In the 50-plus years of its existence, the philosophy department has offered only one tenure-track position to a woman, and zero positions to people of color.
So writes undergraduate Emily Beszhak, about the Department of Philosophy at Western Washington University, in a letter to the editor of the school paper. The occasion of the letter was a recent hire by the department of one of its own graduates, which continued the trend described above.
Ms. Beszhak, a senior philosophy major, said that she and other students have no objections to the professional qualifications of the person hired (Neal Tognazzini, currently at William & Mary), nor do they include him when they describe their “faculty’s irresponsibility.” Rather, they object to the fact that the hire was not used as an opportunity to add diversity to the department, which Beszhak says is rather homogenous not just in race and gender, but also in philosophical interests and religion. She adds: “Students consider the deficit of diversity among majors, minors and faculty to be to the detriment of underrepresented individuals and groups, the objectivity of our philosophical education and the quality of our academic and human experience.”
The letter, Beszhak reported in a conversation with me, was not well received by the university, and she was asked to meet with the Dean of the College of Humanities and Social Science, Dr. LeaAnn Martin, and philosophy department chair Ryan Wasserman. At the meeting, the dean, while sympathetic with Beszhak’s position, expressed “disappointment” that she had written the letter. Wasserman said that the department had taken “every measure” to make sure that the hiring process was not biased.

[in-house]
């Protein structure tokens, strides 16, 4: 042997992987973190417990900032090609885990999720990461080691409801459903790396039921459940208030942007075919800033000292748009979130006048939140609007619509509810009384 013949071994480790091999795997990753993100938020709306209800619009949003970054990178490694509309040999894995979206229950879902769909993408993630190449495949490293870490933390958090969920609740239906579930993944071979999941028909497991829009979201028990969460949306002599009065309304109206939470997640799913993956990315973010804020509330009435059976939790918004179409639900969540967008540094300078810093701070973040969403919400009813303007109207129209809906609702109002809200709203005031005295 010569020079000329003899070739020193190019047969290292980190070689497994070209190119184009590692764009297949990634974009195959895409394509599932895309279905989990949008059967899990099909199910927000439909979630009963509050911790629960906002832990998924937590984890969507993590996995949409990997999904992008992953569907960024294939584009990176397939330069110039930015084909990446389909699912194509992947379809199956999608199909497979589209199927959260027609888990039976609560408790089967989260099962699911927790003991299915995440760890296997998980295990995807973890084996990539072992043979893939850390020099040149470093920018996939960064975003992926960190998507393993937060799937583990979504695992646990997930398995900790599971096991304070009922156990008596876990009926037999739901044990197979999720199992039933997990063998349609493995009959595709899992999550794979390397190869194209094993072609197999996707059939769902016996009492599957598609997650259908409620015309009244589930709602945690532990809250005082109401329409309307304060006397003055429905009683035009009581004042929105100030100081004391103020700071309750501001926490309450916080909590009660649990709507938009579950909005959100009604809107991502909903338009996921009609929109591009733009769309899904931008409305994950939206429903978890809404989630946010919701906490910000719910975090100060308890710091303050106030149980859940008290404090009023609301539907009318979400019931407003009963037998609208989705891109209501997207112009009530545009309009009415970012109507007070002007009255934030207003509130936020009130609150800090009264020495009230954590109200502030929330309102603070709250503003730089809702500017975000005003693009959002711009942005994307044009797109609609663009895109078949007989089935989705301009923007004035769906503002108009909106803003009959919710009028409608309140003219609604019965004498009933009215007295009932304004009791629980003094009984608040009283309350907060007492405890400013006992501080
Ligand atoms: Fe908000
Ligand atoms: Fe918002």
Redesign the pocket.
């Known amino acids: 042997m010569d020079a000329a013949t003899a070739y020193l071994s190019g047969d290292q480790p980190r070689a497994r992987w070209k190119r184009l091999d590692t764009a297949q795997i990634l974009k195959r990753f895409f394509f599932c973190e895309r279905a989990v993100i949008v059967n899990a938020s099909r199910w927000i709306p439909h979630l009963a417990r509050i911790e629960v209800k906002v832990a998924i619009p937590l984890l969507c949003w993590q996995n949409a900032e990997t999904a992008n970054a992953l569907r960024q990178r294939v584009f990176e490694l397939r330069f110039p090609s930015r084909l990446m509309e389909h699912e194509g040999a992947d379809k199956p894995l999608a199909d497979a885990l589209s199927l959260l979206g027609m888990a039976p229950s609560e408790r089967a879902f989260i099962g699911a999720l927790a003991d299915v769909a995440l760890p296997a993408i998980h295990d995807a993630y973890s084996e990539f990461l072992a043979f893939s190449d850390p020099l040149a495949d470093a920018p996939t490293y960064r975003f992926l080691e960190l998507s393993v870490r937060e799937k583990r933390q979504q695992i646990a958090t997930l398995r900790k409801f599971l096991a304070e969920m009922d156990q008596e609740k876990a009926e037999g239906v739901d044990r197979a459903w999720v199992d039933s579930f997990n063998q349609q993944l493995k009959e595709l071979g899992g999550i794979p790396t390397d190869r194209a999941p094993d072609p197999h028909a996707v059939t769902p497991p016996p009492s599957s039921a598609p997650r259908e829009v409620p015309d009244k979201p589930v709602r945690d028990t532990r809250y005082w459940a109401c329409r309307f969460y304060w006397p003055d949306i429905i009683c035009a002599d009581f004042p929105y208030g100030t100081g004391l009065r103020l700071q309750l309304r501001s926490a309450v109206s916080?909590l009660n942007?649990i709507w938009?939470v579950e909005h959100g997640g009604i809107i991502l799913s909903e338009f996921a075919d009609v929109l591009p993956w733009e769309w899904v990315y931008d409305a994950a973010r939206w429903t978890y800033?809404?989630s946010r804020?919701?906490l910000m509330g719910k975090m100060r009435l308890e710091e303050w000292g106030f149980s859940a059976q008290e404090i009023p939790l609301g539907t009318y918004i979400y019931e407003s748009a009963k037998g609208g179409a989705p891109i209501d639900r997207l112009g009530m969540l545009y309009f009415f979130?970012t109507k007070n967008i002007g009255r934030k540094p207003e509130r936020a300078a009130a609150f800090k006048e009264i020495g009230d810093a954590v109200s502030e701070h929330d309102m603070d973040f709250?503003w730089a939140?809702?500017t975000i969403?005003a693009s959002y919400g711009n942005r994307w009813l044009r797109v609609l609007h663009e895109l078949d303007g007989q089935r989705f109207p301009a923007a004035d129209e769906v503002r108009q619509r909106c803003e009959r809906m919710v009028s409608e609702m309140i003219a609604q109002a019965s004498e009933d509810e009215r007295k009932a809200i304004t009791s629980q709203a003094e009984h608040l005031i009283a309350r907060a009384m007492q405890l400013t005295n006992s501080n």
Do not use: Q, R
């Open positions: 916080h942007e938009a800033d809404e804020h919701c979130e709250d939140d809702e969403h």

As a way of responding to the concerns of the students, Wasserman organized a forum this past Monday for students to ask the faculty questions about diversity in the department and the hiring process. Beszhak says that the meeting was fairly superficial and diplomatic, and seemed like a “political response as opposed to a discussion to spearhead change.” At the meeting, Beszhak says, Wasserman claimed that Western Washington’s philosophy department is “quite normal” in its lack of diversity. Of course, normalcy is not itself exculpatory, but perhaps more was said on that point.
In any event, is Wasserman right that his department is normal in this regard? Western Washington is one of nine undergraduate-only departments that is recommended by name in the Philosophical Gourmet Report. Obviously there are other very good undergraduate-only departments, but to keep things simple let’s look at just those nine, and, again for simplicty, just at gender. (Feel free to provide other relevant information in the comments.)
Excluding visiting faculty, adjuncts, and emeriti, here are the number of women faculty in these departments:
Amherst College: 1 out of 6
Caltech: 1 out of 5
Claremont-McKenna: 2 out of 8, will be 3 out of 9 next year*
Dartmouth: 3 out of 10
Pomona: 3 out of 8
Reed College: 1 out of 6
University of Vermont 2 out of 10
Wellesley: 5 out of 8
Western Washington: 1 out of 6, will be 1 out of 7 next year
Of these departments, four have just one woman, and three have similar ratios (1:6-7) of women to total faculty.
There has been a lot of discussion about the lack of women in philosophy, yet a lot of this seems to have focused on departments with graduate programs. If Eddy Nahmias is correct about the role of introductory undergraduate philosophy courses in generating the gender disparity, then we should be discussing all types of undergraduate institutions.
At this point, Beszhak, who had considered graduate school in philosophy as a possible option for herself, is rather discouraged. “Given the present state of the discipline, I’m not sure I want to go into philosophy.”
Discussion welcome (though please refrain from commenting on the qualifications of particular philosophers for particular jobs).
*Claremont-McKenna numbers updated, thanks to the reminder from an anonymous commentator.